The Politics of the Southern Negro: From Exclusion to Big City Organization

The Politics of the Southern Negro: From Exclusion to Big City Organization

The Politics of the Southern Negro: From Exclusion to Big City Organization

The Politics of the Southern Negro: From Exclusion to Big City Organization

Excerpt

This study of the politics of the Southern Negro began in the summer of 1964, the summer that promised to be both long and hot: the Civil Rights Act of 1964 had gone into effect and civil rights workers were pouring into the South. The political campaigns of 1964 further aroused Southerners, especially when Barry Goldwater became the Republican nominee for President. It was a time of much ferment and activity and therefore an opportune occasion for initiating research in Southern Negro politics.

In ranging over the Southern scene of the early 1960s there was much that merited attention. One might focus on a particular locality, as many social scientists do, and research some facet of its political behavior. To this writer such a method, whatever its merits, was not appealing. Was it not possible to see the political emergence of the Southern Negro as a part of some overall pattern? This was the question that intrigued the present writer and that this study was designed to answer. The search for an answer structured the research and presentation of the results in this volume. To take up this broad question is not, of course, to deny the worth of other questions and other approaches.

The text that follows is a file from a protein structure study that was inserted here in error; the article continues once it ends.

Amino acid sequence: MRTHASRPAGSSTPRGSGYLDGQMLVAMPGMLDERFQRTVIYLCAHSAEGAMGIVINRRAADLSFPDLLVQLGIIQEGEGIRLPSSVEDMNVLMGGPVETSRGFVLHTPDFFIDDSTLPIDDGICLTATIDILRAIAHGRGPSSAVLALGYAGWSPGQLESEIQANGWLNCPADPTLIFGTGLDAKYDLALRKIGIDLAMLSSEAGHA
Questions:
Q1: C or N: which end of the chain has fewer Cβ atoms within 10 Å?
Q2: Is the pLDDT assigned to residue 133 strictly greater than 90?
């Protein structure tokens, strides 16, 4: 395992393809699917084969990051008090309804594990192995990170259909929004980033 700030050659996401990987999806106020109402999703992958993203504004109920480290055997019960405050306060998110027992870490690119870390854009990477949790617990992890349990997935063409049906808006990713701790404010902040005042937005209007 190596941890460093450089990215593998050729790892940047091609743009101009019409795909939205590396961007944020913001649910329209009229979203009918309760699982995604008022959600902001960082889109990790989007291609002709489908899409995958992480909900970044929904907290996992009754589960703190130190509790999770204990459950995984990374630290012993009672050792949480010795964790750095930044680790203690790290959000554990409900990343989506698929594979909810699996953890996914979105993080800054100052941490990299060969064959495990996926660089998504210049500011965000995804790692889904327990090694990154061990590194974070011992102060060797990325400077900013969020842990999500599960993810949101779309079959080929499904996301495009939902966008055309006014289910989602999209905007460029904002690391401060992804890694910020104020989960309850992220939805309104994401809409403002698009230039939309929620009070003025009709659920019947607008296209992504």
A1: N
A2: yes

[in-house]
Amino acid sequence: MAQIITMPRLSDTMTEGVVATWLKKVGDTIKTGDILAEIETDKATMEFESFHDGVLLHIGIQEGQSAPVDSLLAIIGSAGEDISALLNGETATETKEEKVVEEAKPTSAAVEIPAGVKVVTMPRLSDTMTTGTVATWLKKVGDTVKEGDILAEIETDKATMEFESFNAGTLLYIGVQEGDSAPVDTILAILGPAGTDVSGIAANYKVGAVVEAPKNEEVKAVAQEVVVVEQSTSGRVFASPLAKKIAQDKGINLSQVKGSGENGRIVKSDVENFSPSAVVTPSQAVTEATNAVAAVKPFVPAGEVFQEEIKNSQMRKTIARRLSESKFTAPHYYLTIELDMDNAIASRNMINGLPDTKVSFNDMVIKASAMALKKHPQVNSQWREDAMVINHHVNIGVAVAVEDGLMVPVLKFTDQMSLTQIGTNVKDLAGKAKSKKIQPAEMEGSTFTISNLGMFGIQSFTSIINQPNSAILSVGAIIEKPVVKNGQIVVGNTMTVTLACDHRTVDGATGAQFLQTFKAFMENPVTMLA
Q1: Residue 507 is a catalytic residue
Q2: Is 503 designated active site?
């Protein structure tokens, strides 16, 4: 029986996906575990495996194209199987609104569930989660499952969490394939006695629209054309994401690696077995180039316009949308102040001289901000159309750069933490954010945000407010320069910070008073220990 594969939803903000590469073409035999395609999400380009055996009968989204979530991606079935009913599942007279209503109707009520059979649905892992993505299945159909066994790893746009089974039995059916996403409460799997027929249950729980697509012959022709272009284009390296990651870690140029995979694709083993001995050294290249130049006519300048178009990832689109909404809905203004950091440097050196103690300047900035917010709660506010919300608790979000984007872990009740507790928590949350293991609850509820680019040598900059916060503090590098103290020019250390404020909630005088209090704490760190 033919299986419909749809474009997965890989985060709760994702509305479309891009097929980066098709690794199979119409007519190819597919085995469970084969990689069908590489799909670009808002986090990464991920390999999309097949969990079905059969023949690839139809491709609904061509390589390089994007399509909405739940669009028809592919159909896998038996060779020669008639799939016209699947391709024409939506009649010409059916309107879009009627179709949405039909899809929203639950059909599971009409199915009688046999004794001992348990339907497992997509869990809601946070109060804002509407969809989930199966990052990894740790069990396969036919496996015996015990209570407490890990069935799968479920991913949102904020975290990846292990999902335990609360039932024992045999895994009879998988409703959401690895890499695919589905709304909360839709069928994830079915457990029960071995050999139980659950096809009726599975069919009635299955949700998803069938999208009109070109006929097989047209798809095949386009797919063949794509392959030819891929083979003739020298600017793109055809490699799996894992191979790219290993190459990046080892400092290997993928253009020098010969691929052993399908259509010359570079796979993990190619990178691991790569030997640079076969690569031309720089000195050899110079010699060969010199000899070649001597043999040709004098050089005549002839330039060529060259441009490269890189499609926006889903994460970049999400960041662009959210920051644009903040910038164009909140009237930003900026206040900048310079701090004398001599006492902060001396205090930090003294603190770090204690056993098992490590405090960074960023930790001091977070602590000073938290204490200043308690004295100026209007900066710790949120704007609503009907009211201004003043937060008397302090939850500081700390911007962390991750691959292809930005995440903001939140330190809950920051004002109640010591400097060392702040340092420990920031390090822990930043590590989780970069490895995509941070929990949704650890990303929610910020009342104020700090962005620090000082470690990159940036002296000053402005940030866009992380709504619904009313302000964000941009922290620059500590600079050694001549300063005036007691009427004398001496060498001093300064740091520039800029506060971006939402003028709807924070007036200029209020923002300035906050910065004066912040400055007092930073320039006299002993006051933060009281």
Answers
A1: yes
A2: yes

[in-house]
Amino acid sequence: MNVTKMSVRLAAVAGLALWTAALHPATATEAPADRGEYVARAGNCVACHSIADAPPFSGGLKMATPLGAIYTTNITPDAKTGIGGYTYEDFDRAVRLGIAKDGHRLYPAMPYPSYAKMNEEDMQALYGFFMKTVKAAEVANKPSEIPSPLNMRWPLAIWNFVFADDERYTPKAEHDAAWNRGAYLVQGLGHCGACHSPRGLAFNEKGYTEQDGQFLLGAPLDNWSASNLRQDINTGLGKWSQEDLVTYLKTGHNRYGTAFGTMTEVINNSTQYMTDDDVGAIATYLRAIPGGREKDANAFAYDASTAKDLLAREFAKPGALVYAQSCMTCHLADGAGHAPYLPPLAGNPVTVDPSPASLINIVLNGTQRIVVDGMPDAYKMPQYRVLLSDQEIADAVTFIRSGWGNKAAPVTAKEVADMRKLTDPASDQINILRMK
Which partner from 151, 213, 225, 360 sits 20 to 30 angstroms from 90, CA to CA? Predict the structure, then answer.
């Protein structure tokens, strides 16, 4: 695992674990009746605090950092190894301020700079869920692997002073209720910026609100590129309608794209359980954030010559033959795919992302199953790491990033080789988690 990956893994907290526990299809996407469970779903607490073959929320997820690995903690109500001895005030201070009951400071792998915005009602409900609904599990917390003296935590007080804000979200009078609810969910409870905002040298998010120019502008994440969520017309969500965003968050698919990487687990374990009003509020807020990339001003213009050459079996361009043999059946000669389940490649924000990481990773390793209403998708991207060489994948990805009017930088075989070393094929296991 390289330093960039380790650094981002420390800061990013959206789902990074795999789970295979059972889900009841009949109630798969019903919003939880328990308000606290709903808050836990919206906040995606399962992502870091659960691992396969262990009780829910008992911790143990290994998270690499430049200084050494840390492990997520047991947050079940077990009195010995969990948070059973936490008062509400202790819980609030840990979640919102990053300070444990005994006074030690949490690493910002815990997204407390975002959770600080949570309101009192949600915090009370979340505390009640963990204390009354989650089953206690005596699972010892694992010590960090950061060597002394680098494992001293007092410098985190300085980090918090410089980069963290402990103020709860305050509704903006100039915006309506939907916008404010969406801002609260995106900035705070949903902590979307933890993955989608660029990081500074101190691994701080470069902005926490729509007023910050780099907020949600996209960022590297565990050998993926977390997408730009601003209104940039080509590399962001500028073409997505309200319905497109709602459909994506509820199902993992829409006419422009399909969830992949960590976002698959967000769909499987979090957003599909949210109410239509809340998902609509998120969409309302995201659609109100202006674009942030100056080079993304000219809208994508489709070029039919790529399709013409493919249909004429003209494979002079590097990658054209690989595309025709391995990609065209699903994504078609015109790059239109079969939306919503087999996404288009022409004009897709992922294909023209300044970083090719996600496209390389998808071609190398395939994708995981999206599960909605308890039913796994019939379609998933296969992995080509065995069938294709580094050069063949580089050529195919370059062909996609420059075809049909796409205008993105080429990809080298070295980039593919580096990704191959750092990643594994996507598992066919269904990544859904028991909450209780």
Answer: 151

The answer to this quest for a basic pattern emerged from two assumptions: that the South may be regarded as a traditional society that has been modernizing for several decades and that . . .

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